Recalling that waveworld can't be perfect, indeed we can say in many ways how waveworld at least seems Utopian. Few could have foretold how useful, accessible, versatile and ubiquitous waveworld could be. People are simply amazed by the useful capabilities afforded by waveworld and have flocked to it, as a result.
But let’s not forget that technology provides for no guarantee of better people. We can't say for sure that waveworld will ever be properly and fairly governed, although we definitely have reason for hope. We also can't say absolutely for sure whether evil interests will be able to endlessly dominate waveworld, although once again, there is great hope that such an outcome is not realistic. Also, we can't say for sure whether everyone will be eventually able to participate in waveworld, although programs to encourage universal use like One Laptop Per Child show a great deal of promise in this area.
What we can say is this. The ultimate level of success or "Utopianness" of waveworld, just like any other communications innovation, depends on all of its people. Technology means nothing without people. With the right foresight, goodwill and global cooperation, waveworld stands an excellent chance of becoming even more useful and incredible. However, without serious attention paid to its growing pains, such as lack of global governance using egalishare, waveworld could continually be used to inflict serious harm. Furthermore, it definitely will never be perfect.
So to make waveworld as Utopian as possible, its up to all of its people. If people recognize their responsibility to use such a new technology only in ways that deliberately harm no one and are governed properly to this end, waveworld will continue to get better. If people and governments abrogate this responsibility, then waveworld could become anti-Utopian just as certainly. In the end, its just like anything else with global potential for good. Its success or failure depends on all people.


Glossary
Existing terms:
digital divide: The social divide created by people who have internet versus those who do not. Thought by many to unfairly limit universal internet participation.
fractals: For the purposes of this paper, shapes or loci that are repetitious and even slightly self-similar, along with at least a somewhat random character.
mare liberum: A formal conceptual legal term indicating that the world's open oceans belong to no single state-like entity, such as countries, states, provinces, principalities, etc but are to be legally shared by all.
net neutrality: The ideal that all information that is legal and communicated over the internet should be transmitted and received on a fair and equal basis without prejudice as to the nature of data involved. For instance, an internet provider that delivers information originating from other providers on an equal basis to its own is practicing net neutrality.
oceanic law: Laws, customs, conventions and other accepted legal practices of proper conduct and cooperation with respect to the world's oceans.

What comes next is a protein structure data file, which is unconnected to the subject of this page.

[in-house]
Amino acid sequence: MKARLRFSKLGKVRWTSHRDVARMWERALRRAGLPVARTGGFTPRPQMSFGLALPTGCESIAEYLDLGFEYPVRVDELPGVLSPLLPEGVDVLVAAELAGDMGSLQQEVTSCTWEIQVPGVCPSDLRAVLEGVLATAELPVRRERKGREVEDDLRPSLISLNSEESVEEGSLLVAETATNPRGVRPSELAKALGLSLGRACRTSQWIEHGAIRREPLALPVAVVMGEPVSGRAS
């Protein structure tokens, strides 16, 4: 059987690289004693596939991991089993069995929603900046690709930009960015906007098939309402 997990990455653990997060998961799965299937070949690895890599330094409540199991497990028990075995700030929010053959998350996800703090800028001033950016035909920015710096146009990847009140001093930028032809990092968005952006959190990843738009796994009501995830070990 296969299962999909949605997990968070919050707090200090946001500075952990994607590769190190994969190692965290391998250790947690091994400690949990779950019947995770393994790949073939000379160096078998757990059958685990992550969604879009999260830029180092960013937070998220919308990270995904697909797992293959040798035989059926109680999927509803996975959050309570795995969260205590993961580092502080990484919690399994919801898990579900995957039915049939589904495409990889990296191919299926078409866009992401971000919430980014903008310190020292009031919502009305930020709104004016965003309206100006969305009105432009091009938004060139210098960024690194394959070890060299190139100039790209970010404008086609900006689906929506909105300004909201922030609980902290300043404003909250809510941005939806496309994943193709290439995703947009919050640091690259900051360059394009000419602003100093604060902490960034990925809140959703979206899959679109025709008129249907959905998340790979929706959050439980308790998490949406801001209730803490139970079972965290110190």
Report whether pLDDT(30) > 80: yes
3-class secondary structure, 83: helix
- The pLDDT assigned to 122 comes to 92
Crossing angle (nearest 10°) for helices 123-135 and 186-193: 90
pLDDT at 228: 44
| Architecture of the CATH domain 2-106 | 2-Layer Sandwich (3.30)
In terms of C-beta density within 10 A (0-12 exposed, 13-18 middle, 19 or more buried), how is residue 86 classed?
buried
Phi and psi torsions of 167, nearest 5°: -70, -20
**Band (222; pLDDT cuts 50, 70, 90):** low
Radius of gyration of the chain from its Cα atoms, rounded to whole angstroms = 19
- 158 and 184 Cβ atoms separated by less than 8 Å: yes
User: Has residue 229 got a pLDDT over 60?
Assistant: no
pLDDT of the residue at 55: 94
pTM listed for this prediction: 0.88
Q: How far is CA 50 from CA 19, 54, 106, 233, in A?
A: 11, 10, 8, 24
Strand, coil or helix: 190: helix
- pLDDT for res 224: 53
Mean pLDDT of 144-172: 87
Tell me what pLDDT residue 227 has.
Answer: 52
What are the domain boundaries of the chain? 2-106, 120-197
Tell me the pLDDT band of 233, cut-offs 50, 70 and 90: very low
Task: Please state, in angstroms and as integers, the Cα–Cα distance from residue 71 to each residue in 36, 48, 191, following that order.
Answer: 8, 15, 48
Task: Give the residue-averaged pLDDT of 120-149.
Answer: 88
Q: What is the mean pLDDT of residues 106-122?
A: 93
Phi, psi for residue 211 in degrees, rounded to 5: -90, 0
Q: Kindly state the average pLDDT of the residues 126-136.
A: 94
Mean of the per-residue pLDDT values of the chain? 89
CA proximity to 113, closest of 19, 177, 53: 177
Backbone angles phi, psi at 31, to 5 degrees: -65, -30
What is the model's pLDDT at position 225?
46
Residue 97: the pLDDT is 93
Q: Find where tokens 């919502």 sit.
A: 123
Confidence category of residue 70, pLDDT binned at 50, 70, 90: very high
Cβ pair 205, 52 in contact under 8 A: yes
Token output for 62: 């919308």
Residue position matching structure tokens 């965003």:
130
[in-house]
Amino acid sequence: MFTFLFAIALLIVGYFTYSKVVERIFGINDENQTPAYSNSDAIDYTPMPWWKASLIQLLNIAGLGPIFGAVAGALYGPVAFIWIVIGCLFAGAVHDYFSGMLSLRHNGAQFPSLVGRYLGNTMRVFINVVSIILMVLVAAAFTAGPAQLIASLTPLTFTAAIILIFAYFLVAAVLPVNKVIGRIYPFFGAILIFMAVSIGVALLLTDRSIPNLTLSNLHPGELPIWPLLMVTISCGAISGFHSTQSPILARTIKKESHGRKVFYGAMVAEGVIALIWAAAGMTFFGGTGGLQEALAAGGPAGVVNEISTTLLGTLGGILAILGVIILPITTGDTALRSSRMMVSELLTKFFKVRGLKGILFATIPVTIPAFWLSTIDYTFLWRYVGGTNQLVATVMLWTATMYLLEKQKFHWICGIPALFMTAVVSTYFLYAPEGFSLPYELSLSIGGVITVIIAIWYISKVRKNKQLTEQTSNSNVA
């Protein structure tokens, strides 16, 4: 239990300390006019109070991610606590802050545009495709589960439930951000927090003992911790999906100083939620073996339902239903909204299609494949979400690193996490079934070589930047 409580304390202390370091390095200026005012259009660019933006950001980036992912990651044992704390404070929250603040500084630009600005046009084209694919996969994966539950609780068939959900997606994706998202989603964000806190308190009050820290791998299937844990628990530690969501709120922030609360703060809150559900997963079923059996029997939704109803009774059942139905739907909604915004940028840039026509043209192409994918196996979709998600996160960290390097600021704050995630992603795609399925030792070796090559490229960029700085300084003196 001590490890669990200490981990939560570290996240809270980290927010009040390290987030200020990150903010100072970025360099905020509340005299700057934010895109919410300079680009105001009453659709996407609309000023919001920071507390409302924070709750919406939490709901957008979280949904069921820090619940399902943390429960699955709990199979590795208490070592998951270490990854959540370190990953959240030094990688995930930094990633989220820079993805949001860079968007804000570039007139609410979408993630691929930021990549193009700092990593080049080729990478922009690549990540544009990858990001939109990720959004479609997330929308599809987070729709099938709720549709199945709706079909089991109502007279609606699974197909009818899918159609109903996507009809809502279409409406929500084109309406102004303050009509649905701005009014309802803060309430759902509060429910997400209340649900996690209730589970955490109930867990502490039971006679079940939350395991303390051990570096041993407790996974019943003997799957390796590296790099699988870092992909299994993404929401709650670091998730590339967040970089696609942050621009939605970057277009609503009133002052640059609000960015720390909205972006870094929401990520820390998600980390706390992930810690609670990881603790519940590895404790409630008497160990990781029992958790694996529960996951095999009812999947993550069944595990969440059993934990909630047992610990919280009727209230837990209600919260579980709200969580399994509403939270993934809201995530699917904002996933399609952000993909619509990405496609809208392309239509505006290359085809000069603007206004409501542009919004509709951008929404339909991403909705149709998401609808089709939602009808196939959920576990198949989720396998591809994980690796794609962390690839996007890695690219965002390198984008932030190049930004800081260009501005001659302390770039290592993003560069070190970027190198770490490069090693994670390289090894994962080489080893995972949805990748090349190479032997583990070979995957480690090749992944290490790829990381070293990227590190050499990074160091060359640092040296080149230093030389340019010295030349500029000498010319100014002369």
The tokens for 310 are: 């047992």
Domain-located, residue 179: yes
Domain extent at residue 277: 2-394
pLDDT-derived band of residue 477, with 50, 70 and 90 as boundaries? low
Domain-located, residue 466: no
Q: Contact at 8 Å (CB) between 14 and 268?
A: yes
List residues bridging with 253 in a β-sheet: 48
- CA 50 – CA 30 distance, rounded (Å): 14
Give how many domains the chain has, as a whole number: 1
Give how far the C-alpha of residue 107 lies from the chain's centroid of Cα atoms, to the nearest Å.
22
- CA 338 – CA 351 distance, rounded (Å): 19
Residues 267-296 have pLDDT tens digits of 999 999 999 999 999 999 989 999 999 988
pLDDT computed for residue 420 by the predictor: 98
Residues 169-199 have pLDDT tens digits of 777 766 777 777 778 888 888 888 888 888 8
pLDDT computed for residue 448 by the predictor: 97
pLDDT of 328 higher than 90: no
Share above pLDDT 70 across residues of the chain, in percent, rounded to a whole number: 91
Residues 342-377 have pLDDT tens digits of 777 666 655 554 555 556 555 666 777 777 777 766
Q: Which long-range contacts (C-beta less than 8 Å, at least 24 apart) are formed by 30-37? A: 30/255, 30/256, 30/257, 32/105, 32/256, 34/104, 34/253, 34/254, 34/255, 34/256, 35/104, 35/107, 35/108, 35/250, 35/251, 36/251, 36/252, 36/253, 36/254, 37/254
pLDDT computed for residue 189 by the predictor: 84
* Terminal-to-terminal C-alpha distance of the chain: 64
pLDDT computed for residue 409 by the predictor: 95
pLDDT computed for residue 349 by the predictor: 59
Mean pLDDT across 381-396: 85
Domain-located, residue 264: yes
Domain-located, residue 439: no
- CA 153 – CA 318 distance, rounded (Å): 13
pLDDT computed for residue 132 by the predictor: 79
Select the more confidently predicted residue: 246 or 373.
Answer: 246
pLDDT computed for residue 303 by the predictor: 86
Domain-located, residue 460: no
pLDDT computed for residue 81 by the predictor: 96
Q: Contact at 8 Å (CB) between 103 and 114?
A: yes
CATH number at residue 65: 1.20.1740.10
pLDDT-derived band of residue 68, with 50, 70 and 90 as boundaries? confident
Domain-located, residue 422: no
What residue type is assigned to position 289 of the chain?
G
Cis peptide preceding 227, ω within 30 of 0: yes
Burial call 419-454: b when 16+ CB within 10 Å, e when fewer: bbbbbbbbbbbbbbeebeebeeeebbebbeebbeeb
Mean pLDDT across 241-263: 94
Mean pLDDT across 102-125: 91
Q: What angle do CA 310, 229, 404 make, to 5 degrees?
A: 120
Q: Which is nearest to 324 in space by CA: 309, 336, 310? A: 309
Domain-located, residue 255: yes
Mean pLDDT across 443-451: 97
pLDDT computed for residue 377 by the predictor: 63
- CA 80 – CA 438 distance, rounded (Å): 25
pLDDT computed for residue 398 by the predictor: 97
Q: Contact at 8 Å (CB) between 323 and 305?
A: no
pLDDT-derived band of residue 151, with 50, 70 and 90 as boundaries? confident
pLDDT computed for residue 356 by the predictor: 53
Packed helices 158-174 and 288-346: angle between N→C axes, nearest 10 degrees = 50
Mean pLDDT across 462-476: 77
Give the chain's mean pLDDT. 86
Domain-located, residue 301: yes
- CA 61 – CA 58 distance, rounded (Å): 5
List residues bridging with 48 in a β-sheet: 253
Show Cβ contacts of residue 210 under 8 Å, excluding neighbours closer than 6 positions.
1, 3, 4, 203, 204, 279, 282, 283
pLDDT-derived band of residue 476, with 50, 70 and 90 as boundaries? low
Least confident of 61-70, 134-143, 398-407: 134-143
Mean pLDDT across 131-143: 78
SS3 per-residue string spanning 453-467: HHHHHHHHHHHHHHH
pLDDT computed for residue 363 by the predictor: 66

push and pull: Push are the techniques that a marketer uses to push consumption of a product or idea, for instance the idea that smoking is deadly is pushed by ubiquitous warnings prominent on cigarette packaging. Pull are the techniques a marketer uses to pull consumption of a product or idea, such as developing a solid reputation for quality and reliability in a particular automobile model.


New terms:
blits: Binary bits on waveworld. Waveworld information is binary encoded just like any other digital medium, but to emphasize the holistic character of the information once it becomes globally available, including its social dimension, the term blits is proposed, instead.
egalishare: A proposed legal concept for waveworld that recognizes that no single entity or person owns or controls waveworld, as it is the shared expanse of all of its users, including potential ones.
frones: Fractal zone phenomena on waveworld, which are likely temporary. An example of this is the set of search results from a particular susie query.
jumpers: Waveworld users that circumvent, defeat or otherwise avoid wcc or governmental controls that have a mandatory intention behind them.
susie: A SUper Search engInE of waveworld, either stand-alone or as part of another wcc that permit advanced searching commands such as queries in the form of questions.
waveworld: A new name for the contemporary and future internet that emphasizes the ultimate underpinning of its information as electromagnetic waves, along with its social world quality that has come into existence.
waveworld command centres (wccs): Websites and other waveworld equipment which enable users to significantly command their waveworld experience.


Works Cited
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Goldsmith, Jack and Wu, Tim. Who Controls the Internet? New York, NY: Oxford University Press, 2008.
Handler, Carole E. "The struggle over net neutrality" Internet Law & Strategy. 1 April, 2009. 4 June 2009
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Ringen, Jonathan. “Superstudio: Pioneers of Conceptual Architecture” MetropolisMag. 6 January 2004. 4 June 2009 <http://www.metropolismag.com/story/20040106/superstudio-pioneers-of-conceptual-architecture>.


References
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Centre for Oceans Law and Policy. 01 June 2009. University of Virginia - School of Law. 4 June 2009 [http://www.virginia.edu/colp/index.html].